Spatial analysis aims to determine the position of vents based on knowledge of past eruptions, the existence of structural controls on vent distribution, the characterisation of products from previous eruptions, and their spatial interrelations (Felpeto et al., 2007; Martí and Felpeto, 2010; Bartolini et al., 2013). This information will provide the basis for establishing the probability of vent opening (i.e. volcanic susceptibility) and the probability of invasion (i.e. laterally and longitudinally) by new eruptive products.
Volcanic susceptibility (Martí and Felpeto, 2010) is an essential part of spatial analysis and consists of determining the spatial distribution of future vents based on the distribution of past vents and their structural controls, as the location of a new vent will govern possible eruptive scenarios.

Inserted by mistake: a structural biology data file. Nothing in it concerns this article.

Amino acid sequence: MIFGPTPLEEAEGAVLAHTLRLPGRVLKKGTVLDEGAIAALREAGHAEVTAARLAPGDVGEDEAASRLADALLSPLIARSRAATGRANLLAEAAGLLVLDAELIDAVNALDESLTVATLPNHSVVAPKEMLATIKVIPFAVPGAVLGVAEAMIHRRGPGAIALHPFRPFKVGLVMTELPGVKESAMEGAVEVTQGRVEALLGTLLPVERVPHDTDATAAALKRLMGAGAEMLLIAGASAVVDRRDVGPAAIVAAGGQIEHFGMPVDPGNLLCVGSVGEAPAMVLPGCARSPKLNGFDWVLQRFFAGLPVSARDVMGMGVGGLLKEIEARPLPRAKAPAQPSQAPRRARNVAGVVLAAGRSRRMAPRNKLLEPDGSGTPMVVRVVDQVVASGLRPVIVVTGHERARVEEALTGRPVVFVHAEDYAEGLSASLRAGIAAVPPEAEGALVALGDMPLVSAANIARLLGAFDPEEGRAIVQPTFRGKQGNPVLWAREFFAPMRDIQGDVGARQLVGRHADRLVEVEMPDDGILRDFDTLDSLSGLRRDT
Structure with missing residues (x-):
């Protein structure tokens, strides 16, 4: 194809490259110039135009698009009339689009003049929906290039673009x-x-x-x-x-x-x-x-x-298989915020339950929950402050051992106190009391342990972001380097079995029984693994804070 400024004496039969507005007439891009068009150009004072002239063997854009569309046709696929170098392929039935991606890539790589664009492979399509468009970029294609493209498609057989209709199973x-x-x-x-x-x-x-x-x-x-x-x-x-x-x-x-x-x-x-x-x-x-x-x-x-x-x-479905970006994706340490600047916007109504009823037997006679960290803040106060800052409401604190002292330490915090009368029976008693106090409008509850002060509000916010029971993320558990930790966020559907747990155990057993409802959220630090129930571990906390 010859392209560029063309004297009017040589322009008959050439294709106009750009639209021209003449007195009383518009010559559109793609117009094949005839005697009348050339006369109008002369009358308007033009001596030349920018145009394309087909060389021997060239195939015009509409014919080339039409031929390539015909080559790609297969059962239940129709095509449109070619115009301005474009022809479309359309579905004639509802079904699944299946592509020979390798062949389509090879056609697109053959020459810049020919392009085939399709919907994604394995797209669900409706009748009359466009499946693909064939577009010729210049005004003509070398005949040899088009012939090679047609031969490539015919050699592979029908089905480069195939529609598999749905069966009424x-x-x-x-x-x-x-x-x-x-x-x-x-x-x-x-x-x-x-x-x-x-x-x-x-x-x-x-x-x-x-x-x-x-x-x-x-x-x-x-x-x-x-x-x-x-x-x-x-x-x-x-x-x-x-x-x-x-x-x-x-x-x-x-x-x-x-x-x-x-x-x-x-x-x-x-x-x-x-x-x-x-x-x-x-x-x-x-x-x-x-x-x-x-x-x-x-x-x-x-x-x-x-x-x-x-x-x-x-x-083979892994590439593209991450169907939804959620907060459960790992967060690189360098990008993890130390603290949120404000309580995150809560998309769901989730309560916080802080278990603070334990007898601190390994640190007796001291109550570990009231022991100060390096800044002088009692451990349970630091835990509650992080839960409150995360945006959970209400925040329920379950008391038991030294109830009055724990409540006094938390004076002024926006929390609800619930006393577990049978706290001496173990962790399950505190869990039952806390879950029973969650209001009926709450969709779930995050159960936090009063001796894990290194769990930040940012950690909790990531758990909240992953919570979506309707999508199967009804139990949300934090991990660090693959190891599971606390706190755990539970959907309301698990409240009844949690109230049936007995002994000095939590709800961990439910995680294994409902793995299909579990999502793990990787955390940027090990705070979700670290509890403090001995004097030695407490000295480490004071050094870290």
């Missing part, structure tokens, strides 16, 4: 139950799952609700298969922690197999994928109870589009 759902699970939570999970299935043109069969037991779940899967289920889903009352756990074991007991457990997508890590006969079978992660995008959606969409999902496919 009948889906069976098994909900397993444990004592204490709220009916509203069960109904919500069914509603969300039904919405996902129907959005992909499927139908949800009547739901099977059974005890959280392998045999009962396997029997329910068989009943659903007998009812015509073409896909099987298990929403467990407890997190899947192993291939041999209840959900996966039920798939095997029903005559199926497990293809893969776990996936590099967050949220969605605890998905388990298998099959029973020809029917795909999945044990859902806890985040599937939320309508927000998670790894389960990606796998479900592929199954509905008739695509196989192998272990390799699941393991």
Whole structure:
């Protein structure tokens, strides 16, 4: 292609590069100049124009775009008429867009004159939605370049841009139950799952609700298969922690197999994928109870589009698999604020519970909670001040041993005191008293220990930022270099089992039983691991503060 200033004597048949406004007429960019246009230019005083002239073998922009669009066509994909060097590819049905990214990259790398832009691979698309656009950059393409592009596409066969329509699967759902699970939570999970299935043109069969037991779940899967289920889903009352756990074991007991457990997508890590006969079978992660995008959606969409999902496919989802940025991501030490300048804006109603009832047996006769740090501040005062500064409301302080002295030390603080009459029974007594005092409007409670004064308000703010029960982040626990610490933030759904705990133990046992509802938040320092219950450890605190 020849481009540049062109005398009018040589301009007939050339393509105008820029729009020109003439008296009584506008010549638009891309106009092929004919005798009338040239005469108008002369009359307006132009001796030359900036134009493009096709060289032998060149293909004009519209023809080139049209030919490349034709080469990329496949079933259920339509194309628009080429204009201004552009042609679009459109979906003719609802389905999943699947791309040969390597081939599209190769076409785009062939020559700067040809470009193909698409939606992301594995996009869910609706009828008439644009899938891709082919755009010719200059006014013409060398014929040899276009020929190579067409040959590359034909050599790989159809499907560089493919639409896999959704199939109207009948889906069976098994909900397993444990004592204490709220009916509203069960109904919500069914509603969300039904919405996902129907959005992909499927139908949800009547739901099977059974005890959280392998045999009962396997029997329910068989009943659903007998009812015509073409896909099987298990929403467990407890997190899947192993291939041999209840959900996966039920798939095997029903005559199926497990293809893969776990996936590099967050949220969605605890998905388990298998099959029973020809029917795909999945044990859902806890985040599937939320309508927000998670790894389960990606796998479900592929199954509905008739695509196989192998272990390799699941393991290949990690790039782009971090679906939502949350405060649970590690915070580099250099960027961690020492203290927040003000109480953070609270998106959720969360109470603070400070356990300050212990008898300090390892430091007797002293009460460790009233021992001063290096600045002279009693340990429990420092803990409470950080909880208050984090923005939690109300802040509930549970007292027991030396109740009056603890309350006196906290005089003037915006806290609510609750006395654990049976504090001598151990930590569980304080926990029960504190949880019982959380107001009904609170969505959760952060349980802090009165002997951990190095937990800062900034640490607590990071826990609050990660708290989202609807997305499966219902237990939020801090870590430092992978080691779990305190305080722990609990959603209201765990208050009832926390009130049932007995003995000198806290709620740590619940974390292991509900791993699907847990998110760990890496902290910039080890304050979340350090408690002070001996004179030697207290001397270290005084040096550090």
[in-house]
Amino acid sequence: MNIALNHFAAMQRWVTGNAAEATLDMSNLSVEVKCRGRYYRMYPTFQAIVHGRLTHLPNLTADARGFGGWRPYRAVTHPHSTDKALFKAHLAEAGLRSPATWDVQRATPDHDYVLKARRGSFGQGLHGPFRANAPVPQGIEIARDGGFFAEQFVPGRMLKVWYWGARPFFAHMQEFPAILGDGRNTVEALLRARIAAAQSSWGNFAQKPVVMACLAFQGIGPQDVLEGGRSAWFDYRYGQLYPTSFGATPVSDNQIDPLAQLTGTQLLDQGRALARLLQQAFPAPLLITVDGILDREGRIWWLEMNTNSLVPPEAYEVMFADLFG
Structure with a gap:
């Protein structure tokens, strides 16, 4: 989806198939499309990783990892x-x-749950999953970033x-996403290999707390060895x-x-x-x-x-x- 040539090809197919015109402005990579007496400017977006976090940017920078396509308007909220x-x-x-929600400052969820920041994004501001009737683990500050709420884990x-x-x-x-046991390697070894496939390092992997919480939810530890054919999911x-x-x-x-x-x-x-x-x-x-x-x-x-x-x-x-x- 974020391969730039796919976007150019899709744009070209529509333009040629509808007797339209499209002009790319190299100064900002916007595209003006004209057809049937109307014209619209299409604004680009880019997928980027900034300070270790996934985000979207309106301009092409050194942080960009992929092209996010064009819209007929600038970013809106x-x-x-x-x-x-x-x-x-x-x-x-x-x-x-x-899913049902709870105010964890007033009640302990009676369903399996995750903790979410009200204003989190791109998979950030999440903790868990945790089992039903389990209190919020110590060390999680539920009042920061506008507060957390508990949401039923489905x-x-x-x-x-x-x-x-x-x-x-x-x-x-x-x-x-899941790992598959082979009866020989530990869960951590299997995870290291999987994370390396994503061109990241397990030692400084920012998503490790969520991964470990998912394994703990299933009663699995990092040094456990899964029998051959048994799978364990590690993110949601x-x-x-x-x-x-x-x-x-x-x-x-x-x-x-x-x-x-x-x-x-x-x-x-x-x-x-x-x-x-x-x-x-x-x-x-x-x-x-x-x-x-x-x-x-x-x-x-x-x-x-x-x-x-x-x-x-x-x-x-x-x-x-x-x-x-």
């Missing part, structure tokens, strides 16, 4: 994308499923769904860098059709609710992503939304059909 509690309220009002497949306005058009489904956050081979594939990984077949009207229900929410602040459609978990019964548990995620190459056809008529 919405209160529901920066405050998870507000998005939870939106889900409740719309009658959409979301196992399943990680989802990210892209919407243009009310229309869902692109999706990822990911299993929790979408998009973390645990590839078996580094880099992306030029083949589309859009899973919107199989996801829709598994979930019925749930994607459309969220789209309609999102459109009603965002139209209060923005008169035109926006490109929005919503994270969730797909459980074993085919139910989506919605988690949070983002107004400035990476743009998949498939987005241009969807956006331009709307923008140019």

Two time scales have to be considered in susceptibility analyses. The first consists of long-term hazard assessment and examines the structural criteria that provide direct information on the internal structure of the volcanic field, including its past and present stress fields (Martí and Felpeto, 2010; Marzocchi et al., 2010). The second scale corresponds to the computation of volcanic susceptibility is short-term analyses (from days to a few months) during unrest episodes, and includes those structural aspects that can be inferred from volcano monitoring, as well as the results of long-term volcanic susceptibility analysis (Marzocchi et al., 2008; Sobradelo and Martí, 2013; Bartolini et al., 2016).